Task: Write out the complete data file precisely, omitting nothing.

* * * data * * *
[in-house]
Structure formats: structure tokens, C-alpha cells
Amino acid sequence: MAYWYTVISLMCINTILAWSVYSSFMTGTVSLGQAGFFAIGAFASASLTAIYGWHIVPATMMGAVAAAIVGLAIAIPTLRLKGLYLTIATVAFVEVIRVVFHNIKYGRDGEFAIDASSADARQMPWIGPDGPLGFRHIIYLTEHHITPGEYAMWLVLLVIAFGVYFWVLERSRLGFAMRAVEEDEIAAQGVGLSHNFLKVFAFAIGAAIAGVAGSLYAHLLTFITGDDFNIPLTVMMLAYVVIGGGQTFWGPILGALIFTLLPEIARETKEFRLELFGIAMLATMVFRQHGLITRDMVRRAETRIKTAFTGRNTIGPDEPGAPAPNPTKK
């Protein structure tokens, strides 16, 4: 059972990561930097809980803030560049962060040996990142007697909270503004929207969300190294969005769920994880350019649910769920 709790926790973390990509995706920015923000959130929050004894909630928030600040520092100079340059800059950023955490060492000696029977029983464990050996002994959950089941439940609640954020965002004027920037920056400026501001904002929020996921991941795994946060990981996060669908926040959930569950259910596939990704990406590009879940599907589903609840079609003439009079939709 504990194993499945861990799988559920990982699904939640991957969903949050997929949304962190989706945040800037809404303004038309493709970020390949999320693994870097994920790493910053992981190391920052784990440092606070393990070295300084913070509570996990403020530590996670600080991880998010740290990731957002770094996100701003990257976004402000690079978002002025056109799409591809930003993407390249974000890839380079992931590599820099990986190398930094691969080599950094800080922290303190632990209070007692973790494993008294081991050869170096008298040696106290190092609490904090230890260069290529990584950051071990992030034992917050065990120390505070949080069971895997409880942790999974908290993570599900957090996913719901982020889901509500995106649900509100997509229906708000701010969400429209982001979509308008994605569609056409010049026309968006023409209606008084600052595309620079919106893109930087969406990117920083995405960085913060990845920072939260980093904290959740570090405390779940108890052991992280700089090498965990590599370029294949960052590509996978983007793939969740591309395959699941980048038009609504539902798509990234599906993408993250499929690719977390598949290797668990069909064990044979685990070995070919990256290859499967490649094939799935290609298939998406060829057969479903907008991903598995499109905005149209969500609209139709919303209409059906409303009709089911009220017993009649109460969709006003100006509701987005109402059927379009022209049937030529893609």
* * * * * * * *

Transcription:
[in-house]
Structure formats: structure tokens, C-alpha cells
Amino acid sequence: MAYWYTVISLMCINTILAWSVYSSFMTGTVSLGQAGFFAIGAFASASLTAIYGWHIVPATMMGAVAAAIVGLAIAIPTLRLKGLYLTIATVAFVEVIRVVFHNIKYGRDGEFAIDASSADARQMPWIGPDGPLGFRHIIYLTEHHITPGEYAMWLVLLVIAFGVYFWVLERSRLGFAMRAVEEDEIAAQGVGLSHNFLKVFAFAIGAAIAGVAGSLYAHLLTFITGDDFNIPLTVMMLAYVVIGGGQTFWGPILGALIFTLLPEIARETKEFRLELFGIAMLATMVFRQHGLITRDMVRRAETRIKTAFTGRNTIGPDEPGAPAPNPTKK
């Protein structure tokens, strides 16, 4: 059972990561930097809980803030560049962060040996990142007697909270503004929207969300190294969005769920994880350019649910769920 709790926790973390990509995706920015923000959130929050004894909630928030600040520092100079340059800059950023955490060492000696029977029983464990050996002994959950089941439940609640954020965002004027920037920056400026501001904002929020996921991941795994946060990981996060669908926040959930569950259910596939990704990406590009879940599907589903609840079609003439009079939709 504990194993499945861990799988559920990982699904939640991957969903949050997929949304962190989706945040800037809404303004038309493709970020390949999320693994870097994920790493910053992981190391920052784990440092606070393990070295300084913070509570996990403020530590996670600080991880998010740290990731957002770094996100701003990257976004402000690079978002002025056109799409591809930003993407390249974000890839380079992931590599820099990986190398930094691969080599950094800080922290303190632990209070007692973790494993008294081991050869170096008298040696106290190092609490904090230890260069290529990584950051071990992030034992917050065990120390505070949080069971895997409880942790999974908290993570599900957090996913719901982020889901509500995106649900509100997509229906708000701010969400429209982001979509308008994605569609056409010049026309968006023409209606008084600052595309620079919106893109930087969406990117920083995405960085913060990845920072939260980093904290959740570090405390779940108890052991992280700089090498965990590599370029294949960052590509996978983007793939969740591309395959699941980048038009609504539902798509990234599906993408993250499929690719977390598949290797668990069909064990044979685990070995070919990256290859499967490649094939799935290609298939998406060829057969479903907008991903598995499109905005149209969500609209139709919303209409059906409303009709089911009220017993009649109460969709006003100006509701987005109402059927379009022209049937030529893609």